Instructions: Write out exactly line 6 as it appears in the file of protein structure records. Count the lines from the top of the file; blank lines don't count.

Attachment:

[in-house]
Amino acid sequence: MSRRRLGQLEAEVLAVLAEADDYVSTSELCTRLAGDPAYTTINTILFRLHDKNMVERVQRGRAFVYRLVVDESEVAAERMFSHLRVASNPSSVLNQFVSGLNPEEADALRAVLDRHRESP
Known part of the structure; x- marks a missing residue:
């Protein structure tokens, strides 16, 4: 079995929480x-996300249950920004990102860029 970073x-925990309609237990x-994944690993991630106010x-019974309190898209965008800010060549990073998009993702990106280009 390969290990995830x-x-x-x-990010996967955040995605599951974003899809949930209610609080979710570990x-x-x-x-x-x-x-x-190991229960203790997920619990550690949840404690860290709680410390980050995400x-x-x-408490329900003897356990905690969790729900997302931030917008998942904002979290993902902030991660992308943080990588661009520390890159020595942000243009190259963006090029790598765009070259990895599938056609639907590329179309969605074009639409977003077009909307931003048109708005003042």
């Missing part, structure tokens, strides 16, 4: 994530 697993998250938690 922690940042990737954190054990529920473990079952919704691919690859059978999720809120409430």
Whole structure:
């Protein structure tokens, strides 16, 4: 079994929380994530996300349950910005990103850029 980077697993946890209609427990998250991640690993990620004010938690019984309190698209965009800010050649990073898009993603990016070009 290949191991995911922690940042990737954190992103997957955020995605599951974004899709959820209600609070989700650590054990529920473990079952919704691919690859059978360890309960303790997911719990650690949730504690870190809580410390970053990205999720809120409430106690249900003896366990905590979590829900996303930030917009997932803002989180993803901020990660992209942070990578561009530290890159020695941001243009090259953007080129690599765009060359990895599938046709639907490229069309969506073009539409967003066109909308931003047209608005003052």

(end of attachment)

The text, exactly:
Whole structure: